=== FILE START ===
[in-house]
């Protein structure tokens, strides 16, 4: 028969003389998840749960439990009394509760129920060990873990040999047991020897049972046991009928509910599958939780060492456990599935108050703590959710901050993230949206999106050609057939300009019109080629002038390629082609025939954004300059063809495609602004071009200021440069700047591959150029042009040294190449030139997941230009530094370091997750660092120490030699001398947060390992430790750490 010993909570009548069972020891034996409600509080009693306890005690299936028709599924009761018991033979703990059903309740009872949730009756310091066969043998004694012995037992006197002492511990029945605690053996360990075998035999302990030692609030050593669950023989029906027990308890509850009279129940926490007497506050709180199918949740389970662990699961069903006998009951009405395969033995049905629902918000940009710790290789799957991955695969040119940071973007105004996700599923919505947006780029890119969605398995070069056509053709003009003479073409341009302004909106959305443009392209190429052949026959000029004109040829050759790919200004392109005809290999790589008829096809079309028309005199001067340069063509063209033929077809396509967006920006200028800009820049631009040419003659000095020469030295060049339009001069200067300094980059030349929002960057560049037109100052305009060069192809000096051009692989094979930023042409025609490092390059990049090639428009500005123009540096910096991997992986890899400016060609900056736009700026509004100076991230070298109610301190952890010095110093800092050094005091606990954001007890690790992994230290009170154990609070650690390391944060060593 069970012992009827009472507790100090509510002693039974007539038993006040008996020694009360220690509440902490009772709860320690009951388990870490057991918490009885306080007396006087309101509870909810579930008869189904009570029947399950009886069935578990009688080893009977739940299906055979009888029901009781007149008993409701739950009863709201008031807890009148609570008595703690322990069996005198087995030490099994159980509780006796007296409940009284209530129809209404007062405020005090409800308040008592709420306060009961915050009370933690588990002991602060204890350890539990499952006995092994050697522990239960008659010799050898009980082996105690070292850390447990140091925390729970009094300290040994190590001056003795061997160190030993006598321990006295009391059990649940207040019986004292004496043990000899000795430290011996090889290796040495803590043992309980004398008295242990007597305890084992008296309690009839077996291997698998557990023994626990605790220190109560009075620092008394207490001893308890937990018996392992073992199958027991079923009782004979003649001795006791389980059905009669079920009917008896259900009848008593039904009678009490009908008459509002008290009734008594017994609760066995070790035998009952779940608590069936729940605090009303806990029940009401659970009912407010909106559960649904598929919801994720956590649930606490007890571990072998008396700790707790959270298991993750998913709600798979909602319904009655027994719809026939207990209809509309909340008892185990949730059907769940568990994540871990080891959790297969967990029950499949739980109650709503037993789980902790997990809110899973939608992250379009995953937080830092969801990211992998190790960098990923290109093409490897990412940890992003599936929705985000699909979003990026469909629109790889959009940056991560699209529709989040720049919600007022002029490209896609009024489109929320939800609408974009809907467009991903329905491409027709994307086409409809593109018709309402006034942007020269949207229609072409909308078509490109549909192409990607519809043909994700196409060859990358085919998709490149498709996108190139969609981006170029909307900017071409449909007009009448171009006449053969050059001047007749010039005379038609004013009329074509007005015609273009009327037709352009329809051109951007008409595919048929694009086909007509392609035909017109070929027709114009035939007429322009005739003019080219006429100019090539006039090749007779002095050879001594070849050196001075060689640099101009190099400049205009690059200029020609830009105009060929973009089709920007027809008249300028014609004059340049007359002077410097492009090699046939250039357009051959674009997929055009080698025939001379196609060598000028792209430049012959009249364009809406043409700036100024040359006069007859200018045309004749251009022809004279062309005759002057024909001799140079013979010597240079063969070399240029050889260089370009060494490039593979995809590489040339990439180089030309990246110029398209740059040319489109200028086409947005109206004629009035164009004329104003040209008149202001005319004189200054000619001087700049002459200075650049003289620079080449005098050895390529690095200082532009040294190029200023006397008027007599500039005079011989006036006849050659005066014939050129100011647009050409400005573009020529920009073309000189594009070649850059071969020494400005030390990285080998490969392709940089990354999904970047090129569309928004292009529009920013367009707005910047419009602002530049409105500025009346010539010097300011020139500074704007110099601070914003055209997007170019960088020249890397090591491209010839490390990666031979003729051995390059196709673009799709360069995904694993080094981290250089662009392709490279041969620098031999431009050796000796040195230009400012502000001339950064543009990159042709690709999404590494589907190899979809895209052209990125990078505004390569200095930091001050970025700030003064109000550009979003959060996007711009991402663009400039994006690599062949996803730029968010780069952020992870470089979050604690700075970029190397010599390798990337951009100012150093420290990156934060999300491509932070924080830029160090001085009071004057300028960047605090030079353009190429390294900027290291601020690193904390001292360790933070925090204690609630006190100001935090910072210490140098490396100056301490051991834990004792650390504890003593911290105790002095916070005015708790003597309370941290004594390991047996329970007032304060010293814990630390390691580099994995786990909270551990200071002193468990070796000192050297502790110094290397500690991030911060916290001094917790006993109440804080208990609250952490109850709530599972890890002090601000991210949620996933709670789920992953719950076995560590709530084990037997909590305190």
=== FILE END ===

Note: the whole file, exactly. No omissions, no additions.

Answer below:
[in-house]
């Protein structure tokens, strides 16, 4: 028969003389998840749960439990009394509760129920060990873990040999047991020897049972046991009928509910599958939780060492456990599935108050703590959710901050993230949206999106050609057939300009019109080629002038390629082609025939954004300059063809495609602004071009200021440069700047591959150029042009040294190449030139997941230009530094370091997750660092120490030699001398947060390992430790750490 010993909570009548069972020891034996409600509080009693306890005690299936028709599924009761018991033979703990059903309740009872949730009756310091066969043998004694012995037992006197002492511990029945605690053996360990075998035999302990030692609030050593669950023989029906027990308890509850009279129940926490007497506050709180199918949740389970662990699961069903006998009951009405395969033995049905629902918000940009710790290789799957991955695969040119940071973007105004996700599923919505947006780029890119969605398995070069056509053709003009003479073409341009302004909106959305443009392209190429052949026959000029004109040829050759790919200004392109005809290999790589008829096809079309028309005199001067340069063509063209033929077809396509967006920006200028800009820049631009040419003659000095020469030295060049339009001069200067300094980059030349929002960057560049037109100052305009060069192809000096051009692989094979930023042409025609490092390059990049090639428009500005123009540096910096991997992986890899400016060609900056736009700026509004100076991230070298109610301190952890010095110093800092050094005091606990954001007890690790992994230290009170154990609070650690390391944060060593 069970012992009827009472507790100090509510002693039974007539038993006040008996020694009360220690509440902490009772709860320690009951388990870490057991918490009885306080007396006087309101509870909810579930008869189904009570029947399950009886069935578990009688080893009977739940299906055979009888029901009781007149008993409701739950009863709201008031807890009148609570008595703690322990069996005198087995030490099994159980509780006796007296409940009284209530129809209404007062405020005090409800308040008592709420306060009961915050009370933690588990002991602060204890350890539990499952006995092994050697522990239960008659010799050898009980082996105690070292850390447990140091925390729970009094300290040994190590001056003795061997160190030993006598321990006295009391059990649940207040019986004292004496043990000899000795430290011996090889290796040495803590043992309980004398008295242990007597305890084992008296309690009839077996291997698998557990023994626990605790220190109560009075620092008394207490001893308890937990018996392992073992199958027991079923009782004979003649001795006791389980059905009669079920009917008896259900009848008593039904009678009490009908008459509002008290009734008594017994609760066995070790035998009952779940608590069936729940605090009303806990029940009401659970009912407010909106559960649904598929919801994720956590649930606490007890571990072998008396700790707790959270298991993750998913709600798979909602319904009655027994719809026939207990209809509309909340008892185990949730059907769940568990994540871990080891959790297969967990029950499949739980109650709503037993789980902790997990809110899973939608992250379009995953937080830092969801990211992998190790960098990923290109093409490897990412940890992003599936929705985000699909979003990026469909629109790889959009940056991560699209529709989040720049919600007022002029490209896609009024489109929320939800609408974009809907467009991903329905491409027709994307086409409809593109018709309402006034942007020269949207229609072409909308078509490109549909192409990607519809043909994700196409060859990358085919998709490149498709996108190139969609981006170029909307900017071409449909007009009448171009006449053969050059001047007749010039005379038609004013009329074509007005015609273009009327037709352009329809051109951007008409595919048929694009086909007509392609035909017109070929027709114009035939007429322009005739003019080219006429100019090539006039090749007779002095050879001594070849050196001075060689640099101009190099400049205009690059200029020609830009105009060929973009089709920007027809008249300028014609004059340049007359002077410097492009090699046939250039357009051959674009997929055009080698025939001379196609060598000028792209430049012959009249364009809406043409700036100024040359006069007859200018045309004749251009022809004279062309005759002057024909001799140079013979010597240079063969070399240029050889260089370009060494490039593979995809590489040339990439180089030309990246110029398209740059040319489109200028086409947005109206004629009035164009004329104003040209008149202001005319004189200054000619001087700049002459200075650049003289620079080449005098050895390529690095200082532009040294190029200023006397008027007599500039005079011989006036006849050659005066014939050129100011647009050409400005573009020529920009073309000189594009070649850059071969020494400005030390990285080998490969392709940089990354999904970047090129569309928004292009529009920013367009707005910047419009602002530049409105500025009346010539010097300011020139500074704007110099601070914003055209997007170019960088020249890397090591491209010839490390990666031979003729051995390059196709673009799709360069995904694993080094981290250089662009392709490279041969620098031999431009050796000796040195230009400012502000001339950064543009990159042709690709999404590494589907190899979809895209052209990125990078505004390569200095930091001050970025700030003064109000550009979003959060996007711009991402663009400039994006690599062949996803730029968010780069952020992870470089979050604690700075970029190397010599390798990337951009100012150093420290990156934060999300491509932070924080830029160090001085009071004057300028960047605090030079353009190429390294900027290291601020690193904390001292360790933070925090204690609630006190100001935090910072210490140098490396100056301490051991834990004792650390504890003593911290105790002095916070005015708790003597309370941290004594390991047996329970007032304060010293814990630390390691580099994995786990909270551990200071002193468990070796000192050297502790110094290397500690991030911060916290001094917790006993109440804080208990609250952490109850709530599972890890002090601000991210949620996933709670789920992953719950076995560590709530084990037997909590305190």